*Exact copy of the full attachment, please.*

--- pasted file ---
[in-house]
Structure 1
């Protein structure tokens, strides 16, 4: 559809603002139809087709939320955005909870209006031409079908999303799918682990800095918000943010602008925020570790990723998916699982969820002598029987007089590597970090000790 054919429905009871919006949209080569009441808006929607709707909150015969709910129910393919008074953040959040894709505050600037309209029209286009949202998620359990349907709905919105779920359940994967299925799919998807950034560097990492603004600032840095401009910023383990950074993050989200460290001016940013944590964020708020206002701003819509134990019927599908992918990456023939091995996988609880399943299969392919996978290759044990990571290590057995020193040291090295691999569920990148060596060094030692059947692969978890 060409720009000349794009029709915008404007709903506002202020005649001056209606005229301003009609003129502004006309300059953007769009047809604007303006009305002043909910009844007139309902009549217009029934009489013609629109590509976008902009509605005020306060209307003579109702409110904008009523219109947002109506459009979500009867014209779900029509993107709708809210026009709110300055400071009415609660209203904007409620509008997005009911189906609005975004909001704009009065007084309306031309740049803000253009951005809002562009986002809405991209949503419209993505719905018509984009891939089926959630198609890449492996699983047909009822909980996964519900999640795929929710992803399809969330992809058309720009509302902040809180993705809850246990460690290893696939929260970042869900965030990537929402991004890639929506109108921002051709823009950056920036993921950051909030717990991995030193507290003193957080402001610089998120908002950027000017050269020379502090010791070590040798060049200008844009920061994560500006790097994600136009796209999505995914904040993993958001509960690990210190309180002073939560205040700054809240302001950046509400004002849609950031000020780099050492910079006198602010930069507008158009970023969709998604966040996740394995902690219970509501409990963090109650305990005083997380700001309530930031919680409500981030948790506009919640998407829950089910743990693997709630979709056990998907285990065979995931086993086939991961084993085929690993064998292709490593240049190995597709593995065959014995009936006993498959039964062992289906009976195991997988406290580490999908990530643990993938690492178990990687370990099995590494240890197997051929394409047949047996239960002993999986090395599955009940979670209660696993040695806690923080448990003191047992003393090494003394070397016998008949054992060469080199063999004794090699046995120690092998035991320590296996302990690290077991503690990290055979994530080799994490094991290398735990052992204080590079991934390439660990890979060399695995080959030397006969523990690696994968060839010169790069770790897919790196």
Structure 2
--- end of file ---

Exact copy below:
[in-house]
Structure 1
């Protein structure tokens, strides 16, 4: 559809603002139809087709939320955005909870209006031409079908999303799918682990800095918000943010602008925020570790990723998916699982969820002598029987007089590597970090000790 054919429905009871919006949209080569009441808006929607709707909150015969709910129910393919008074953040959040894709505050600037309209029209286009949202998620359990349907709905919105779920359940994967299925799919998807950034560097990492603004600032840095401009910023383990950074993050989200460290001016940013944590964020708020206002701003819509134990019927599908992918990456023939091995996988609880399943299969392919996978290759044990990571290590057995020193040291090295691999569920990148060596060094030692059947692969978890 060409720009000349794009029709915008404007709903506002202020005649001056209606005229301003009609003129502004006309300059953007769009047809604007303006009305002043909910009844007139309902009549217009029934009489013609629109590509976008902009509605005020306060209307003579109702409110904008009523219109947002109506459009979500009867014209779900029509993107709708809210026009709110300055400071009415609660209203904007409620509008997005009911189906609005975004909001704009009065007084309306031309740049803000253009951005809002562009986002809405991209949503419209993505719905018509984009891939089926959630198609890449492996699983047909009822909980996964519900999640795929929710992803399809969330992809058309720009509302902040809180993705809850246990460690290893696939929260970042869900965030990537929402991004890639929506109108921002051709823009950056920036993921950051909030717990991995030193507290003193957080402001610089998120908002950027000017050269020379502090010791070590040798060049200008844009920061994560500006790097994600136009796209999505995914904040993993958001509960690990210190309180002073939560205040700054809240302001950046509400004002849609950031000020780099050492910079006198602010930069507008158009970023969709998604966040996740394995902690219970509501409990963090109650305990005083997380700001309530930031919680409500981030948790506009919640998407829950089910743990693997709630979709056990998907285990065979995931086993086939991961084993085929690993064998292709490593240049190995597709593995065959014995009936006993498959039964062992289906009976195991997988406290580490999908990530643990993938690492178990990687370990099995590494240890197997051929394409047949047996239960002993999986090395599955009940979670209660696993040695806690923080448990003191047992003393090494003394070397016998008949054992060469080199063999004794090699046995120690092998035991320590296996302990690290077991503690990290055979994530080799994490094991290398735990052992204080590079991934390439660990890979060399695995080959030397006969523990690696994968060839010169790069770790897919790196």
Structure 2